IBM's Floating Point Binary Numbers

Very popular with engineers, scientists, universities, and high school students, they've been around for a while, ever since IBM installed the IBM 704 mainframe in 1954 employing a 36 bit word, and then in 1957, released the high level Fortran programming language to run on the mainframe. Called a REAL or FLOAT variable, as opposed to an INTEGER.

Defined by the IEEE in 1985 as a 32 bit or single precision floating point variable, its 8 bit "exponent" enables the number to be up to 1038 decimal digits in length. It can thus be a very large number, or a very tiny one, with up to 37 zeroes following the decimal point. However, note, beside those leading / trailing zeroes, it contains only 6~7 significant digits (known as its "mantissa").

In the 1960s IBM increased its size to what became known as a 64 bit or LONG REAL variable, now with 15~16 significant digits. It was introduced on the IBM 7094 in 1962, initially as a 62 bit number, becoming 64 bits on the System/360 Model 44 launched in 1965. Defined as Double Precision in later Fortran manuals.

In 1964 a competitor Control Data released one of the early "super computers", the CDC 6600, a 60 bit computer that used an 11 bit exponent, enabling the number to be up to 10308 decimal digits in length. However for IBM and most hardware manufacturers, the 8 bit exponent remained the norm.

In historic records in terms of expense, the CDC 6600 cost $US1 million to purchase in 1964 currency, as opposed to $360,000 in 1965 for the IBM 360/44. In terms of power, the CDC's CPU apparently ran at 40MHz with a benchmark of 3 million FLOPS (Floating Point Operations per second). In contrast, today, a typical laptop's CPU performs at perhaps about 100 Gigaflops (billion), and a typical GPU (graphics card) can handle 1 - 10 Teraflops (trillion).

In April 1965 with transistor density on an integrated circuit at 50 components, and the distance between transistors at one twentieth of a millimetre, Gordon Moore at Fairchild Semiconductors said that with development causing that density to double yearly, by 1975 chip density could be at 65,000.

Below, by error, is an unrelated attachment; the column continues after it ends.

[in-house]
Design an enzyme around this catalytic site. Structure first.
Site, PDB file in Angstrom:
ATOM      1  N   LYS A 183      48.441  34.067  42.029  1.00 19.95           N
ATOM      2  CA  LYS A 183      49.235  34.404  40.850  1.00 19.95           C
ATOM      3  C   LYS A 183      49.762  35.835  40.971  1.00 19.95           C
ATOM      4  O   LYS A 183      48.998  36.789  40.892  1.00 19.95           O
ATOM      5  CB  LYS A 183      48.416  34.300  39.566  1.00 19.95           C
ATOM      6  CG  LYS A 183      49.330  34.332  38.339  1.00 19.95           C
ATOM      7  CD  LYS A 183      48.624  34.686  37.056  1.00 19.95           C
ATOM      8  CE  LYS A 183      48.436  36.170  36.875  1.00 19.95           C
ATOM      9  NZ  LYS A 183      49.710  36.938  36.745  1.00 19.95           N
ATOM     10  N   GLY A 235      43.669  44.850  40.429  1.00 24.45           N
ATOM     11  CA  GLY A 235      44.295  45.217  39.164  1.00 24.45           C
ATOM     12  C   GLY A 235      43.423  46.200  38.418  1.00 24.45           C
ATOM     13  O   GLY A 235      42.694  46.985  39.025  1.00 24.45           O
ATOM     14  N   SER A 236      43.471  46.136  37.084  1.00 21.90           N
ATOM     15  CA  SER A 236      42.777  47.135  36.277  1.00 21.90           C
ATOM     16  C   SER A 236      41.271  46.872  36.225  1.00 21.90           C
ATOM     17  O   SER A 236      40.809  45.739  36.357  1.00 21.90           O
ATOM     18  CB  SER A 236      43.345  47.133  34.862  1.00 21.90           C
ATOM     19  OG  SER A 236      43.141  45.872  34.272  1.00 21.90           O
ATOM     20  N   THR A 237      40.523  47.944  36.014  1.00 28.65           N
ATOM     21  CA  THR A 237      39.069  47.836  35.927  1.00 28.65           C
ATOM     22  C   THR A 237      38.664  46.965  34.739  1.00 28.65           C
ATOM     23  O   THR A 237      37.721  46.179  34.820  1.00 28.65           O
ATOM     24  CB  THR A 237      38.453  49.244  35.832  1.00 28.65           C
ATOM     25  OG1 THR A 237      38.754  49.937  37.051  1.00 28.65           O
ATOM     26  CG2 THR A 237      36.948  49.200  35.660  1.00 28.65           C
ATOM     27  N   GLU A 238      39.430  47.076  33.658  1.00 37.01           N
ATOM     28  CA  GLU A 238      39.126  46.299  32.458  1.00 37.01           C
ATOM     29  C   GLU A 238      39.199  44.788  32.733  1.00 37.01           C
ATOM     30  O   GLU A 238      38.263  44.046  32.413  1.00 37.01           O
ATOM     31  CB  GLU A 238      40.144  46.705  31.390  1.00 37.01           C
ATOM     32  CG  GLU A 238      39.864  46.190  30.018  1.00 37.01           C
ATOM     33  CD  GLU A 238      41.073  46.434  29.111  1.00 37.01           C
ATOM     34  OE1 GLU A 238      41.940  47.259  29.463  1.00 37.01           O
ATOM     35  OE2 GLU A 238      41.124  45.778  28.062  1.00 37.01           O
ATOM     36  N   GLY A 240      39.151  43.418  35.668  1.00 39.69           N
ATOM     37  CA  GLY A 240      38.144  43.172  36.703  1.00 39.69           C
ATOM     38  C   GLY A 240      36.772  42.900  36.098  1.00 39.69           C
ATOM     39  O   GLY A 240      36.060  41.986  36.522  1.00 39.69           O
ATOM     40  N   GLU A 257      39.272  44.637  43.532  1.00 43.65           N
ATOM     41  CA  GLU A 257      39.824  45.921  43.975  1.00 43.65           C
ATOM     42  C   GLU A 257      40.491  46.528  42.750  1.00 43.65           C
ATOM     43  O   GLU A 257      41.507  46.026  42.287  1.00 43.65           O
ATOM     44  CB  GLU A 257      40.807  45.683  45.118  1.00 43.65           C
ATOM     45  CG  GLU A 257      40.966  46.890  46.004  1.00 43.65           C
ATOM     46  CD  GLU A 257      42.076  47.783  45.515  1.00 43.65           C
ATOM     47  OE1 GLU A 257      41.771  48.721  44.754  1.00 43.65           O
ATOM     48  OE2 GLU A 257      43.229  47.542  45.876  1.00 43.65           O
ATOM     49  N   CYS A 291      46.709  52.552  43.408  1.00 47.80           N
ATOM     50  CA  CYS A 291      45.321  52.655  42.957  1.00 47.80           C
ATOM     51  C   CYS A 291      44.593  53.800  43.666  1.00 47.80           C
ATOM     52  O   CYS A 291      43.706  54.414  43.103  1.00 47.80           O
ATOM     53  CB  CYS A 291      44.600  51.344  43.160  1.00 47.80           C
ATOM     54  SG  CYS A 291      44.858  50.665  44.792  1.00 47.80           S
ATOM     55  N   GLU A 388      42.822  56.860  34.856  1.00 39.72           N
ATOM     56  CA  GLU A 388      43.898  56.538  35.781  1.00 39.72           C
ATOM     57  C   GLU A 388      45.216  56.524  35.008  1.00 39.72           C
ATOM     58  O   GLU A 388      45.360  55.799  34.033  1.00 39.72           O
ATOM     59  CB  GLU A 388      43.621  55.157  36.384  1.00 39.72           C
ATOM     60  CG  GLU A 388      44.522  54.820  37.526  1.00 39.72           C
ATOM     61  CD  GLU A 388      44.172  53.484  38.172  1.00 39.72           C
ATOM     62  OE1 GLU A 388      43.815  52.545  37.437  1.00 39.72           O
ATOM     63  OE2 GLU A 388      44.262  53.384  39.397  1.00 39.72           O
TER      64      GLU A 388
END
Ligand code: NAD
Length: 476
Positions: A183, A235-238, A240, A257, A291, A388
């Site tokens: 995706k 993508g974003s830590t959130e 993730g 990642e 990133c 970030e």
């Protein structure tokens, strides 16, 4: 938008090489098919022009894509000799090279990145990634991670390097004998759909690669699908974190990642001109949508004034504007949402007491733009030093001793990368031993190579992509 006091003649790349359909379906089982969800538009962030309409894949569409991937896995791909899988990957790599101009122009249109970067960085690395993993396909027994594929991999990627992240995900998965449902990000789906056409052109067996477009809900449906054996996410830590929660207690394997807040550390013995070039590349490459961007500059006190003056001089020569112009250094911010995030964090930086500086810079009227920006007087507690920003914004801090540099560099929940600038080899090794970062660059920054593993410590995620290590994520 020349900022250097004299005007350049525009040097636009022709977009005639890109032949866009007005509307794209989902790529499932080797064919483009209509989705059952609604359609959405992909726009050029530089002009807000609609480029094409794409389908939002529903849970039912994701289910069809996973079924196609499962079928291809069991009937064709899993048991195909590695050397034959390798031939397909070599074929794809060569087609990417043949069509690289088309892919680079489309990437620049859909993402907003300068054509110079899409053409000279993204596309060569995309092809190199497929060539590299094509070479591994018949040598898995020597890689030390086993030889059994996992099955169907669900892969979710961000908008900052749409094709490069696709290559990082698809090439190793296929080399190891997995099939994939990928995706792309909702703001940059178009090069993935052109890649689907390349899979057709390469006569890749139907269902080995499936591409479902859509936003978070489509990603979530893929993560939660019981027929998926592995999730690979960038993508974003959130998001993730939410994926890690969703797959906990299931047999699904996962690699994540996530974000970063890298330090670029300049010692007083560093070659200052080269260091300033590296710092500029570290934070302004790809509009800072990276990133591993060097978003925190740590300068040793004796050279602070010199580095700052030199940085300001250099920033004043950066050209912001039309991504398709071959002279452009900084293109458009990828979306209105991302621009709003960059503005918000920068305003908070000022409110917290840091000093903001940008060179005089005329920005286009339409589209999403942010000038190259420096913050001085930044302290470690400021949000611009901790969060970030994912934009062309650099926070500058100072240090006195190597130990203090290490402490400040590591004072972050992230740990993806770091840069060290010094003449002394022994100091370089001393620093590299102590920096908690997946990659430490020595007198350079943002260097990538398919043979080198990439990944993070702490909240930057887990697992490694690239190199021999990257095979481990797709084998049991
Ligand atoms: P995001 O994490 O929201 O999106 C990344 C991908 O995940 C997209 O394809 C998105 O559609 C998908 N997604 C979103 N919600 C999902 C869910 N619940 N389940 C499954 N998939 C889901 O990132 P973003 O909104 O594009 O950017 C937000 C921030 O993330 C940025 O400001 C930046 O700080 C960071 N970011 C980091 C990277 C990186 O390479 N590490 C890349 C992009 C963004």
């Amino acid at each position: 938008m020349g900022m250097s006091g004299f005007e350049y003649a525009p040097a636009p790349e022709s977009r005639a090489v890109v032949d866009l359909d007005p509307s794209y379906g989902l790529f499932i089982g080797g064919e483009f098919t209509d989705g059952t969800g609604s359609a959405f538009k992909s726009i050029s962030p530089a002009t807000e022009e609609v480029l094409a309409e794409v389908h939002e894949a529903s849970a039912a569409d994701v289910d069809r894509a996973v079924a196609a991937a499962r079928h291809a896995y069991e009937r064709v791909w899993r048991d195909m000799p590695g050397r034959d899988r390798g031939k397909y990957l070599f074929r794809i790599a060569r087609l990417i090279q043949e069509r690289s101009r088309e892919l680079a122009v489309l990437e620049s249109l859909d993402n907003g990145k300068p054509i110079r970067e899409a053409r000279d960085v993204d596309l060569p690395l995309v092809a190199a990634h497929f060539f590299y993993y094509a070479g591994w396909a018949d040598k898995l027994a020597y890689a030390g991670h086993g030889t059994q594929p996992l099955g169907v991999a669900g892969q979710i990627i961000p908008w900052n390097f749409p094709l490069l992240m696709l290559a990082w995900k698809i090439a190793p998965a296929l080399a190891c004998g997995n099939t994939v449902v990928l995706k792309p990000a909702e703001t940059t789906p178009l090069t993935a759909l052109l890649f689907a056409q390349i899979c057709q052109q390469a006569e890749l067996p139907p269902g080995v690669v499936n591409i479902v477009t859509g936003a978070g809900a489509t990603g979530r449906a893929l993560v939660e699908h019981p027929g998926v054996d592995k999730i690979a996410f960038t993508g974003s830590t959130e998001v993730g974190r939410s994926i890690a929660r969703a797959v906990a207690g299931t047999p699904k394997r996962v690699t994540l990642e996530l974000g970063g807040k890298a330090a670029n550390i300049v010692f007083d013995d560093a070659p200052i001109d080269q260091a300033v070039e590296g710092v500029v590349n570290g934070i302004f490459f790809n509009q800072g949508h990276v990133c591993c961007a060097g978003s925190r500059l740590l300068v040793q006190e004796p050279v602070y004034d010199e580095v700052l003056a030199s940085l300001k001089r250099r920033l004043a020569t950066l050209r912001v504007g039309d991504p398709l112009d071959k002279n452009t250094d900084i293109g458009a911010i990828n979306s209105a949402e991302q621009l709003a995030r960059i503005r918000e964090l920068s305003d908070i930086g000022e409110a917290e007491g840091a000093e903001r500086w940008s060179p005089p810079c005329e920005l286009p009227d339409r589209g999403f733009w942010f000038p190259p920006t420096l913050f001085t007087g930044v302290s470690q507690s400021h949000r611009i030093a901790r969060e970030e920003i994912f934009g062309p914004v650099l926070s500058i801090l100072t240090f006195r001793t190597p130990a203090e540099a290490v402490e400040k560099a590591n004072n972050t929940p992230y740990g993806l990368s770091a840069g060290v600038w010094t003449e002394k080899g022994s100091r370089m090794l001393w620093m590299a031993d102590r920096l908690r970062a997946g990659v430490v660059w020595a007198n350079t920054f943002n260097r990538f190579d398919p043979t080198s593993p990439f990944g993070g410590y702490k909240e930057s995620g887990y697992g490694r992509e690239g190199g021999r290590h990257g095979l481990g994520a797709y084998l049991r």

In 1971 his newly formed company Intel released the 4004 CPU chip that contained 2,300 components, Moore's Law it was being called. But almost immediately the acceleration halted, 10,000 was the figure in 1975, and Gordon Moore revised his expectation to being a doubling "every two years". Then it sped up again, so he reworded it to "every 18 months". 
In 2020 as the distance between components approaches the size of atoms, and with a transistor density of 100 million per square millimetre, yes, what comes next? 

Back to 1980. A major advance utilizing the 11 bit exponent and a 53 bit mantissa was the Intel 8087 math coprocessor launched in 1980, also with a proprietary 80 bit format that was used for temporary intermediate values. The unit was made optional on IBM-compatible PCs until 1989 and the release of i486 chip, and has been integrated ever since.

Employed with
  1. dBASE II databases in 1979, with values ranging from 1.8e+63 to 1e-63, and accuracy up to 10 digits.
  2. Lotus 1-2-3 Spreadsheets in 1983
  3. dBASE III Plus in 1986, and DBXL, a dBASE compatible. In Section 5.5 in the DBXL manual, it specifies numeric values may range from 1e+308 (i.e. 10308) to 1e-307 and up to 19 significant digits may be stored in a numeric field with one digit reserved for a decimal point. The maximum length of the integer portion is 16 digits, the decimal portion is 15 digits. If the number exceeds 16 digits, just 13 significant digits are retained.